Cost of poor quality in manufacturing: how to cut out the losses
Cost of poor quality (COPQ) is an essential accounting formula for calculating losses from poor quality products and services.
Optimal capacity utilization is the sweet spot between too much and too little production. Learn more about capacity utilization and how to calculate it as a manufacturer to maximize efficiency and reduce costs.
If you were to ask the layman about what percentage they believe a manufacturing plant should produce relative to its maximum, they might say 100%.
This would be incorrect.
Optimal capacity utilization is the sweet spot between too much and too little production. If a factory produces 100% of its maximum output, it is likely to experience bottlenecks, waste, and inefficiency.
On the other hand, if a factory only operates at 50% of its maximum output, it is wasting money on underused resources. The goal for any business should be to find that happy medium between over and under-utilization of capacity.
In this article, we will examine:
Ready? Crank up that conveyor belt and let’s get started!
Capacity utilization is a metric that measures the amount of output produced by a manufacturing plant relative to its maximum potential output. It is typically expressed as a percentage.
This important key performance indicator (KPI) helps businesses to track efficiency and optimize production while making sure they have room for sudden increased market demand if necessary. It can be used for individual factories, assembly lines, or even specific pieces of machinery.
One of the hardest things to understand for many businesses is when to slow down. If a company can produce more, it may be tempted to do so to meet customer demand and increase profits.
However, this can often lead to over-utilization of resources, which can then cause bottlenecks, waste, and inefficiency. The goal is to find that happy medium between too much and too little production.
The capacity utilization formula is relatively simple:
Capacity Utilization = (Actual Output / Maximum Potential Output) x 100
For example, if a factory has the potential to produce 10 widgets per hour but is only producing 8 widgets per hour, its capacity utilization would be:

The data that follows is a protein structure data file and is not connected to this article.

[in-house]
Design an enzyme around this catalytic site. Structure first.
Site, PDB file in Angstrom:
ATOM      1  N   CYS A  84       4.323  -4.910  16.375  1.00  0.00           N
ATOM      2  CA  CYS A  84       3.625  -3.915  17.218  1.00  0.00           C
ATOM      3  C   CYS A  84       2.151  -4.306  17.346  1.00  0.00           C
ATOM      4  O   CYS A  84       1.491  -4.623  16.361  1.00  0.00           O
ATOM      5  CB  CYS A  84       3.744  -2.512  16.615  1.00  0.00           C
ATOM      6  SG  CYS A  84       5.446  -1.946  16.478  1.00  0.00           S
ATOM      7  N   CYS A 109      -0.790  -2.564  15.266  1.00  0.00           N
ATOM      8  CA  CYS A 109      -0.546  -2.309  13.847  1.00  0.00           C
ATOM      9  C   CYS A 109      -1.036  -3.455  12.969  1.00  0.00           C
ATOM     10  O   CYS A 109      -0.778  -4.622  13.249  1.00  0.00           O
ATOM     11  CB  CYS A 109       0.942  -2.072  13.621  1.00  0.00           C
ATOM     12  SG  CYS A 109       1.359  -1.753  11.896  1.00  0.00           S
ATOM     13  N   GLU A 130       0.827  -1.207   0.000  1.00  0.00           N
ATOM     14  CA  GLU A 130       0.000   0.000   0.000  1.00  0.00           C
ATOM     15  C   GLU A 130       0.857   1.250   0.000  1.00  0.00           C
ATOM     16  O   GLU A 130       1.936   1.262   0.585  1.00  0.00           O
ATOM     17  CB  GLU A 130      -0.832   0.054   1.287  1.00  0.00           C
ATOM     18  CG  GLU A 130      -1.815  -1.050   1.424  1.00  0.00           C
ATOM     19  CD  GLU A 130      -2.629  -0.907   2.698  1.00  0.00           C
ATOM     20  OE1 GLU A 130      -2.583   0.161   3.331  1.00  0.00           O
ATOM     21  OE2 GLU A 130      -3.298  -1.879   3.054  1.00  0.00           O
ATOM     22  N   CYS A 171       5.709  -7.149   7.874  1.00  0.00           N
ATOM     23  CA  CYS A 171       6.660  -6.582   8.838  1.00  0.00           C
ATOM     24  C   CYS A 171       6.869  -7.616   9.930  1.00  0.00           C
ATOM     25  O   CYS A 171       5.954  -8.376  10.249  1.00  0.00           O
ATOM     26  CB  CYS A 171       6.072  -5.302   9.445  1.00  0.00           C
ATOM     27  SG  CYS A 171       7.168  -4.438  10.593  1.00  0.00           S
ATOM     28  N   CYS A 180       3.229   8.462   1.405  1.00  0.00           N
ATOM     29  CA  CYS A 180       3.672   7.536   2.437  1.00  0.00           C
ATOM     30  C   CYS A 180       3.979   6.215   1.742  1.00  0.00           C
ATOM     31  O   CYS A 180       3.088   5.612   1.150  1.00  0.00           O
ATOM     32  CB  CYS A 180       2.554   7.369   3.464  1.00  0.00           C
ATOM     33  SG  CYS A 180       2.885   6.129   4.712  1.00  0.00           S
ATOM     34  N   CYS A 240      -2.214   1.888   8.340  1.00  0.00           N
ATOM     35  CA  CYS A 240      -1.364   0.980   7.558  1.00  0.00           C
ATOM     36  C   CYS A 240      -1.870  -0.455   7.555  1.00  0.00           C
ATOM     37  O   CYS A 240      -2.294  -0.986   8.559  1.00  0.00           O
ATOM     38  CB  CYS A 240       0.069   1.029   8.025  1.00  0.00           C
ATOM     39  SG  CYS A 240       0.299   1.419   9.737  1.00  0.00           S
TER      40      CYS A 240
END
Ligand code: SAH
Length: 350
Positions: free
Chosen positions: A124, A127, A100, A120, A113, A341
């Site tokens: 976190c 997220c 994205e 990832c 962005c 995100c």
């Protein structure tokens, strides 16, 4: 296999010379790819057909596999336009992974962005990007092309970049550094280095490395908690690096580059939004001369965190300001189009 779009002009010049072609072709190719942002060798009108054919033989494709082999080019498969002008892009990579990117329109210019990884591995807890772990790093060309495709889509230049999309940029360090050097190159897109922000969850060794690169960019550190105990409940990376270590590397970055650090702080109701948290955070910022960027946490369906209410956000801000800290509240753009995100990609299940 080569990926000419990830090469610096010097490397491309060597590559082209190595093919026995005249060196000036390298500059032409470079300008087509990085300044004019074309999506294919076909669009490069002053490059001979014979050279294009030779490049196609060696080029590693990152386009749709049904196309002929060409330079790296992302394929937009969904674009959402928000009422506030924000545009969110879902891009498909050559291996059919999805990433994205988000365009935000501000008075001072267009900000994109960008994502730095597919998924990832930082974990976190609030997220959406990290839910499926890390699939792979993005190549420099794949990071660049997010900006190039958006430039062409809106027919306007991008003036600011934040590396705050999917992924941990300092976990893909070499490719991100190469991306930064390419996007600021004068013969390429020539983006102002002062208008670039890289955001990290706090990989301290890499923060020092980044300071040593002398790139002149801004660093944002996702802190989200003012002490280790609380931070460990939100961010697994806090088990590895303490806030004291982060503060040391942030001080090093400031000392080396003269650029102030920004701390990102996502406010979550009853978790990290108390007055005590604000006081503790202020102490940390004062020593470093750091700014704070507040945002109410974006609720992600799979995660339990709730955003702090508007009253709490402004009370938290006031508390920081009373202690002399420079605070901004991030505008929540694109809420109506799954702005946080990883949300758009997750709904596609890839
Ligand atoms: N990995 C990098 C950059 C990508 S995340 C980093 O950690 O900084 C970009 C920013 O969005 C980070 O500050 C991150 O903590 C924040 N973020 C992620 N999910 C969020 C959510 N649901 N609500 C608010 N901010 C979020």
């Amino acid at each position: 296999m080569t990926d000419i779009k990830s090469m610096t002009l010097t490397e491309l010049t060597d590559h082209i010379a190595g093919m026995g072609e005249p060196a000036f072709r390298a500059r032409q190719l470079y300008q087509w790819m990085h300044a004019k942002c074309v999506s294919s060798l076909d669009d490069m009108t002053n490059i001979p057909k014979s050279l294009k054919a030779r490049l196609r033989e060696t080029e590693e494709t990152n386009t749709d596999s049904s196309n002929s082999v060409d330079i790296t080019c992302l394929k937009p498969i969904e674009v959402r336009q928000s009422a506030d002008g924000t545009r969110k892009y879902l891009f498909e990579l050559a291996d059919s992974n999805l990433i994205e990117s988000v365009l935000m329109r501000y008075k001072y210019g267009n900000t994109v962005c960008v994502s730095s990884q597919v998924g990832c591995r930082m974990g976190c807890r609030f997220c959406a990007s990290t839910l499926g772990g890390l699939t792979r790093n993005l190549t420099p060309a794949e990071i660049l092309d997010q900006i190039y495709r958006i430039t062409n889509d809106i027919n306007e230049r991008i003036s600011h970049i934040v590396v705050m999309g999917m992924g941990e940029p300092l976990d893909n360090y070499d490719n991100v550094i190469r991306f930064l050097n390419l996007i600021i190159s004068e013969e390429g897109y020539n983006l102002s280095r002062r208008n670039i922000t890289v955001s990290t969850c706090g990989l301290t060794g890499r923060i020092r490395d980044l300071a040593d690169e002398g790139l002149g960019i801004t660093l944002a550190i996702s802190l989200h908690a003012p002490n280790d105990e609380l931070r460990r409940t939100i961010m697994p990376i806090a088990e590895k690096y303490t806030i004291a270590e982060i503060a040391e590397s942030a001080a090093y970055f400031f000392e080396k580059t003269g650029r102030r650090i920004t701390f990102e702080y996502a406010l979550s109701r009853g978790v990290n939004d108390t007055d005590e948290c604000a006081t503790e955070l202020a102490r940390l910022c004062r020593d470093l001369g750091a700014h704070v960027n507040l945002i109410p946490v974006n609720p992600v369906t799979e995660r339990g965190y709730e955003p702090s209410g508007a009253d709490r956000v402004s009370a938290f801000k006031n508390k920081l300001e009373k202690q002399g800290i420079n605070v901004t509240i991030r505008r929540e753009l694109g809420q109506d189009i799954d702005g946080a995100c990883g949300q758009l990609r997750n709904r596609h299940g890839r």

(8/10) x 100 = 80%
When calculating capacity vs utilization, you need two pieces of information:
The first piece of information is usually easy to find. Most businesses have a good understanding of their production capabilities.
The second piece of information can be more difficult to track down. You will need data on the number of products or services produced by your manufacturing plant over a specific period.
This can be done by tracking output at the individual machine level, or by tracking overall production for the plant.
While basic intuition may suggest that this number should be as high as possible, it isn’t the case. For most manufacturing plants, anything above 85% capacity utilization begins to cause problems such as:
For these reasons, most businesses aim for a capacity utilization rate between 80 and 85%. This leaves some room for error while still maintaining a high level of efficiency.
It is important to keep in mind that capacity utilization is not a static number. It will fluctuate over time as demand for your products or services changes. As such, it is important to track capacity utilization over time, ideally with the help of production management software, so that you can identify trends and make adjustments to your production as necessary.
Introducing FakeMFG, our example manufacturing company that we can use to illustrate capacity utilization. They have opened a facility to produce chairs, their flagship product. The factory has the potential to produce 90 chairs per day.
To calculate capacity utilization for the week, we simply take the average of the daily production numbers:
(70 + 68 + 73 + 64 + 77) / 5 = 70.4
We then plug this number into the capacity utilization formula:
(70.4/90) x 100 = 78.2%
This means that, on average, FakeMFG was operating at 78.2% of its maximum potential output level for the week. Since this is lower than our target of 80 to 85%, the hypothetical manager has a problem on her hands. There are a few ways she could increase her capacity utilization by a few percentage points:
All of these options come with their own set of pros and cons, so the manager will have to weigh her options and decide which is best for the company. No matter what decision she makes, it will not be done in a vacuum.
Constant monitoring will be necessary to make sure that capacity utilization remains at an optimal level, and does not increase to the point of risking the operation.
Capacity utilization is the measure of how much output a manufacturing plant is producing compared to its maximum potential output. It is typically expressed as a percentage and serves as an important KPI for businesses to track efficiency and optimize production.
The optimal capacity utilization rate will vary from business to business but generally falls between 80 and 85%, leaving room for increased demand and unexpected production hiccups.